177. Telegram From the Embassy in Iran to the Department of State1
5127. Subj: MAAG Requirement Study. Ref: (A) State 119079 (DTG 141703Z May 76), (B) 75 Tehran 11995 (DTG 110730 Dec 75) (Notal).2
1. Elimination or sharp reduction in size of U.S. security assistance elements in Iran would effectively nullify present Iranian plans for military modernization, seriously damage U.S. political, economic, commercial and military relations with Iran and critically weaken U.S. stra[Page 529]tegic position in this region. It is difficult to conceive a more harmful action that U.S. could take against Iran or against our own overall interests here. Urge that highest priority be assigned to retention of U.S. security assistance group in Iran at current manning levels.
2. As we see it, there are three powerful factors in support of this recommendation:
A. U.S. military ties to Iran have longer and more stable history than is case with most other countries, including most NATO members. Since World War II U.S. has provided most of equipment and technical advice for Iranian armed services. Our performance has been excellent and, in consequence, we are trusted as is no other country with a military link to Iran. Over past three decades, our behavior and effective working relationship with Iran, rather than any formal agreements or assurances of our leaders, have created a commitment that is heavily relied upon in this country. Although Iranians may not now expect us to exercise kind of influence we used with USSR during Azerbaijan crisis, they do expect us to continue to help them help themselves to defend their own and Western interests in this region. They do not expect from us shoddy treatment Soviets have given their friends such as Egypt and Indonesia.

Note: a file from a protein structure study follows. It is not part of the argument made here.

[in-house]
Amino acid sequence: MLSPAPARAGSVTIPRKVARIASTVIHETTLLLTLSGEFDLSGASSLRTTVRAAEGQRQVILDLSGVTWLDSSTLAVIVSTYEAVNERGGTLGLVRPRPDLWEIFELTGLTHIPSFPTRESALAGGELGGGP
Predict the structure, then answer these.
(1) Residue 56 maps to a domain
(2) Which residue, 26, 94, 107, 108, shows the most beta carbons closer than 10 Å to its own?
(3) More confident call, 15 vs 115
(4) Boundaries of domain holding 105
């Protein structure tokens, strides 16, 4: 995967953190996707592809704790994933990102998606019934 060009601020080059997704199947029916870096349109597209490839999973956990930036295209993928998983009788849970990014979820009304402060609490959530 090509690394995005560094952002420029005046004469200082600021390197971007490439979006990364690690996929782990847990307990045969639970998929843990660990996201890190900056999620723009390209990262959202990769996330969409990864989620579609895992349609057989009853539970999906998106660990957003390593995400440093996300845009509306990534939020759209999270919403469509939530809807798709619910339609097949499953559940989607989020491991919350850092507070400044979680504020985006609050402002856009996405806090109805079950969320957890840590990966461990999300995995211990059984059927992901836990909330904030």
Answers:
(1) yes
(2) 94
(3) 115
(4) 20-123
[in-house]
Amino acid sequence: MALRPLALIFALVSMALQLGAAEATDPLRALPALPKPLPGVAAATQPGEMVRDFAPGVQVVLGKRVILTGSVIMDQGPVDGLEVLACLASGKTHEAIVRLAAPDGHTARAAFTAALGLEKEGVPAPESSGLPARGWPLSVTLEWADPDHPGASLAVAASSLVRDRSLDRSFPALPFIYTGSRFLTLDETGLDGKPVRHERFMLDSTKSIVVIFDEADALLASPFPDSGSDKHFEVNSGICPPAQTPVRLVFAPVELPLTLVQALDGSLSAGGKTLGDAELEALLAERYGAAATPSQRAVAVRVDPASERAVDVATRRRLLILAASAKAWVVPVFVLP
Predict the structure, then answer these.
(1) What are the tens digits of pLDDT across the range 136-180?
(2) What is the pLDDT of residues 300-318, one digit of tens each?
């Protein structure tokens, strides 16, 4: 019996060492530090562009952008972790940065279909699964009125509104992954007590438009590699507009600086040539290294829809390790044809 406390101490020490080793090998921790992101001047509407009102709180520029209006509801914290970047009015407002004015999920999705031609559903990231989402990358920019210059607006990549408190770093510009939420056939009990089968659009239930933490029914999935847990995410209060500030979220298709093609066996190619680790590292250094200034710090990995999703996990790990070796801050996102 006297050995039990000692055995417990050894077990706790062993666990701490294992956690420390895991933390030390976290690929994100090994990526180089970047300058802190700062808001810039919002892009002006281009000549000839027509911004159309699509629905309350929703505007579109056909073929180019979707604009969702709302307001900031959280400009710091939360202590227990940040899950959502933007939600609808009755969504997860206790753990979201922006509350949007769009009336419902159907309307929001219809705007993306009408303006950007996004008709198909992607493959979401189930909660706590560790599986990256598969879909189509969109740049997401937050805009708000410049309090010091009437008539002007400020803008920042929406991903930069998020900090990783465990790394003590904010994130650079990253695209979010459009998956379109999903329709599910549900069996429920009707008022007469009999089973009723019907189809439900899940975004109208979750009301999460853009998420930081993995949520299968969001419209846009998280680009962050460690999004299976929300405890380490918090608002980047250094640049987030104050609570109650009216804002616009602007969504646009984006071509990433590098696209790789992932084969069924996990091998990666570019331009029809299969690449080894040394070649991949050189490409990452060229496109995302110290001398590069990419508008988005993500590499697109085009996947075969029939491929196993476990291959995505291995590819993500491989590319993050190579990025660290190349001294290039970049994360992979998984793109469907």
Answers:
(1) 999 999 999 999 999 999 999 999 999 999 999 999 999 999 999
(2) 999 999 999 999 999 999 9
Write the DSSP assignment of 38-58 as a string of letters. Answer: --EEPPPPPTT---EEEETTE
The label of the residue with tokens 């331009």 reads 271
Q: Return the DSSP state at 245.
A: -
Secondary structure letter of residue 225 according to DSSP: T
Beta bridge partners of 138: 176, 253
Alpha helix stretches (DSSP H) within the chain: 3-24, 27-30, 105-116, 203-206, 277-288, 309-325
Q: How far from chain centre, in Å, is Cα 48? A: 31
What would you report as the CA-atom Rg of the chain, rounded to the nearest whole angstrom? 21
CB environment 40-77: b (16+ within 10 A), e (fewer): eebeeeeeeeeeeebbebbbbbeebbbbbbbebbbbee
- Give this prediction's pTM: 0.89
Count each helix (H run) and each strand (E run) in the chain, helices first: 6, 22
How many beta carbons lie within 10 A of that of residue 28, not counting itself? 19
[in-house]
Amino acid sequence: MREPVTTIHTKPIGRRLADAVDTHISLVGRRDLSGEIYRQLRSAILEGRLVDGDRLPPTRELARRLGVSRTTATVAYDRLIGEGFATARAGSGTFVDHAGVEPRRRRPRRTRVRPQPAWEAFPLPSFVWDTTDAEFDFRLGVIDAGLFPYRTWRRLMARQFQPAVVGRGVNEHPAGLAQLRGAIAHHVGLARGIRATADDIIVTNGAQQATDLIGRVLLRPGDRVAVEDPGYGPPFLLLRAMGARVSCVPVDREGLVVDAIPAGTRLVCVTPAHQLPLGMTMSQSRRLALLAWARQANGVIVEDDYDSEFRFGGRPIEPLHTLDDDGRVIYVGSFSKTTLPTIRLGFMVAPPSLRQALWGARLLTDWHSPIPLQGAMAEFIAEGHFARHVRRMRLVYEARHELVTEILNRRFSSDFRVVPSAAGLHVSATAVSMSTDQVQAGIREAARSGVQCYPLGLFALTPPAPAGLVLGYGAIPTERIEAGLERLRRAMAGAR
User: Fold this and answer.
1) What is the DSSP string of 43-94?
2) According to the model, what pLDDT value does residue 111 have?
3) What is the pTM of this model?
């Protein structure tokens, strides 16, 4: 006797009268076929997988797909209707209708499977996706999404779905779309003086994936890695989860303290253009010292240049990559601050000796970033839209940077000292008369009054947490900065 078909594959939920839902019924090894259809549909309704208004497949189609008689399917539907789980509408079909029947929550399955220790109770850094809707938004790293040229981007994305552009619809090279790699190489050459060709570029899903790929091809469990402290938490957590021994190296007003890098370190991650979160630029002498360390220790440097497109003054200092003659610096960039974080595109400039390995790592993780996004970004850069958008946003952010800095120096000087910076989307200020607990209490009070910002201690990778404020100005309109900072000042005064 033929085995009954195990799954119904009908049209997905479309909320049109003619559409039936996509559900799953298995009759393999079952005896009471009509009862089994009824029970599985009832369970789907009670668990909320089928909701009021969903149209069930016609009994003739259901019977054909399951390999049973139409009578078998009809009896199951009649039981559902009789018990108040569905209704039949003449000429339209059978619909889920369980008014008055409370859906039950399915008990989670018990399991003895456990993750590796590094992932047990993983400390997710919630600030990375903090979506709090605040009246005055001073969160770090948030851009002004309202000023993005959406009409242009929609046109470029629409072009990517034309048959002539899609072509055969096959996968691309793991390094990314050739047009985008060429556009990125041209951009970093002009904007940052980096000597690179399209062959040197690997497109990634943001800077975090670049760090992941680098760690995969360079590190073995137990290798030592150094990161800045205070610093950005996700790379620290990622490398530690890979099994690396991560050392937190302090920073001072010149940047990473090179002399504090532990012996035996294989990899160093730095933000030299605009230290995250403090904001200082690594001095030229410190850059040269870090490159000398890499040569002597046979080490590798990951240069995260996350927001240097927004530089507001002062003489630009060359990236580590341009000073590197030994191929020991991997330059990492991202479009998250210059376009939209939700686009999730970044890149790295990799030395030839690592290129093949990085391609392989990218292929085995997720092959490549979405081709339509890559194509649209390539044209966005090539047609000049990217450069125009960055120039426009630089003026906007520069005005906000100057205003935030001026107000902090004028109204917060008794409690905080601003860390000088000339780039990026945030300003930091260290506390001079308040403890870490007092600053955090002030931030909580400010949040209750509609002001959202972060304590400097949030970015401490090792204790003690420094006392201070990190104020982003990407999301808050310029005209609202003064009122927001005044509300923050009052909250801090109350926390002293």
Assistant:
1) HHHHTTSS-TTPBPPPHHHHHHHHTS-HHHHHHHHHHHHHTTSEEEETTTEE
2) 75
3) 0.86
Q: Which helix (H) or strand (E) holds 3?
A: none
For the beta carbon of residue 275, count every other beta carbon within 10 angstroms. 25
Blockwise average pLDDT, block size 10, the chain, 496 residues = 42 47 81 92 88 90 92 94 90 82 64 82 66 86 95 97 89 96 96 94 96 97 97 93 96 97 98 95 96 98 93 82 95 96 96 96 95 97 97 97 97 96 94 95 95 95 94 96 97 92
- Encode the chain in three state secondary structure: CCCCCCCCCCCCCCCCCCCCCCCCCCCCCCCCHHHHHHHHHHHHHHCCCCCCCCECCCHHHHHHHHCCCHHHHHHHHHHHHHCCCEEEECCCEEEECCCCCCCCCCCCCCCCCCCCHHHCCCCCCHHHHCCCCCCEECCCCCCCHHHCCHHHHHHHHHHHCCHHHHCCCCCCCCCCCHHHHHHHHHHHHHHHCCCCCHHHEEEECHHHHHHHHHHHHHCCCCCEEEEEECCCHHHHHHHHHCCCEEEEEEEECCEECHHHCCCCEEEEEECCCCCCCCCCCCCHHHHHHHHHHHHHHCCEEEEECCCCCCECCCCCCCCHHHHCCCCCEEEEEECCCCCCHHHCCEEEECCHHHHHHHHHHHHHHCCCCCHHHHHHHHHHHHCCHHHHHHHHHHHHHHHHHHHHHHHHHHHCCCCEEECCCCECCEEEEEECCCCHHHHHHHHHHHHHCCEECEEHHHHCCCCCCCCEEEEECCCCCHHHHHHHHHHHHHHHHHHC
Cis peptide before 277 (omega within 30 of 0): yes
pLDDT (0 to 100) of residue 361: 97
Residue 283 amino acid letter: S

B. More than any other country of comparable size or importance, Iranian sovereign is de facto commander-in-chief of his nation’s armed services. The Shah personally makes decisions on major weapons systems procurement and management of his military establishment. He relies heavily on U.S. advice and continued good performance. Were we to back off in significant way from Shah’s level of expectations, we could expect his reaction to be personal and forceful.
C. During past four years, we have signed more orders for military goods and services with Iran than with any other country. Only about 25 percent of ordered equipment has been delivered to date, and next few years will see arrival of bulk of hardware and rigorous testing of Iranian absorptive capacity. Implied in our willingness to sell this equipment has been understanding that we would stand behind it with training, logistics and management support. Included on Iranian order list are some of our most sophisticated weapons systems such as F–14, Spruance ships, and I–Hawk. Putting these systems to effective use in Iranian armed forces, which have limited managerial and technically skilled personnel, will severely strain Iranian capabilities. In fact, it is clear that without outside assistance, effective use cannot be made of most complex weapons systems. Although heavy reliance is placed on services of civilian contractor personnel, role of official U.S. DOD personnel is crucial in providing overall management assistance and advice to GOI. In Iranian Air Force, logistics system is integrated with USAF supply sources. Similar supply linkages exist with IIGF heli[Page 530]copters and new naval system. Termination of U.S. military role would reduce Iranian logistics networks to chaos.
3. Should we not be able to avoid Congressional limitations on our military presence in Iran as outlined in current legislation, we foresee following possible consequences:
A. Cancellation of number of major military weapons systems procurement actions with U.S. and probable refusal of GOI to settle on our terms.
B. Sharp reduction or cancellation of orders from U.S. firms in civilian sector.